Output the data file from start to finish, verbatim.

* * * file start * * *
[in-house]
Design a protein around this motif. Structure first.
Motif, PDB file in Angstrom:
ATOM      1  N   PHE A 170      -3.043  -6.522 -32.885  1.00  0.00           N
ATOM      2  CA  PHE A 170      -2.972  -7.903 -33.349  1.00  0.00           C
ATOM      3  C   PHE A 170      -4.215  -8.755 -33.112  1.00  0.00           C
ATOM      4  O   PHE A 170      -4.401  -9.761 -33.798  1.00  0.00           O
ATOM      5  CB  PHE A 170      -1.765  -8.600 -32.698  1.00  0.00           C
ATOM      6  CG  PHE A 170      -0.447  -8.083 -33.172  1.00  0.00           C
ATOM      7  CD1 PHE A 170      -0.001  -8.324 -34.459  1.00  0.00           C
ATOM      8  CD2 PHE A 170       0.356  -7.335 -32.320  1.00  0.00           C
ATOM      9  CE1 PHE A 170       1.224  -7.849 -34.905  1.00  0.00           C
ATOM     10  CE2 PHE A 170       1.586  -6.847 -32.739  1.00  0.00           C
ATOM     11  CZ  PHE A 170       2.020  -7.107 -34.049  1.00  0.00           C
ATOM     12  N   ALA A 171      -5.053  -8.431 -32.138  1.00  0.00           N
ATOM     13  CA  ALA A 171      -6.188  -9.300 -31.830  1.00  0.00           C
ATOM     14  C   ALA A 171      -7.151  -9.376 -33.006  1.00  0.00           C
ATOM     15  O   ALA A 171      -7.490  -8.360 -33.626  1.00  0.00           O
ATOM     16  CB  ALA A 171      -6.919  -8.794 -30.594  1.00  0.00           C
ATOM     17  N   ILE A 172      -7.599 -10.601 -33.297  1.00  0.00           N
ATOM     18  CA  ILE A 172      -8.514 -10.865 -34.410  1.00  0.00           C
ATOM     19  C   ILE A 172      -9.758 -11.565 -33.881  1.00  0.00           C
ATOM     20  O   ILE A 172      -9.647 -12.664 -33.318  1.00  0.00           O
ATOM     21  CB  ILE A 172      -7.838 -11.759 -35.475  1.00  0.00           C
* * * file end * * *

[in-house]
Design a protein around this motif. Structure first.
Motif, PDB file in Angstrom:
ATOM      1  N   PHE A 170      -3.043  -6.522 -32.885  1.00  0.00           N
ATOM      2  CA  PHE A 170      -2.972  -7.903 -33.349  1.00  0.00           C
ATOM      3  C   PHE A 170      -4.215  -8.755 -33.112  1.00  0.00           C
ATOM      4  O   PHE A 170      -4.401  -9.761 -33.798  1.00  0.00           O
ATOM      5  CB  PHE A 170      -1.765  -8.600 -32.698  1.00  0.00           C
ATOM      6  CG  PHE A 170      -0.447  -8.083 -33.172  1.00  0.00           C
ATOM      7  CD1 PHE A 170      -0.001  -8.324 -34.459  1.00  0.00           C
ATOM      8  CD2 PHE A 170       0.356  -7.335 -32.320  1.00  0.00           C
ATOM      9  CE1 PHE A 170       1.224  -7.849 -34.905  1.00  0.00           C
ATOM     10  CE2 PHE A 170       1.586  -6.847 -32.739  1.00  0.00           C
ATOM     11  CZ  PHE A 170       2.020  -7.107 -34.049  1.00  0.00           C
ATOM     12  N   ALA A 171      -5.053  -8.431 -32.138  1.00  0.00           N
ATOM     13  CA  ALA A 171      -6.188  -9.300 -31.830  1.00  0.00           C
ATOM     14  C   ALA A 171      -7.151  -9.376 -33.006  1.00  0.00           C
ATOM     15  O   ALA A 171      -7.490  -8.360 -33.626  1.00  0.00           O
ATOM     16  CB  ALA A 171      -6.919  -8.794 -30.594  1.00  0.00           C
ATOM     17  N   ILE A 172      -7.599 -10.601 -33.297  1.00  0.00           N
ATOM     18  CA  ILE A 172      -8.514 -10.865 -34.410  1.00  0.00           C
ATOM     19  C   ILE A 172      -9.758 -11.565 -33.881  1.00  0.00           C
ATOM     20  O   ILE A 172      -9.647 -12.664 -33.318  1.00  0.00           O
ATOM     21  CB  ILE A 172      -7.838 -11.759 -35.475  1.00  0.00           C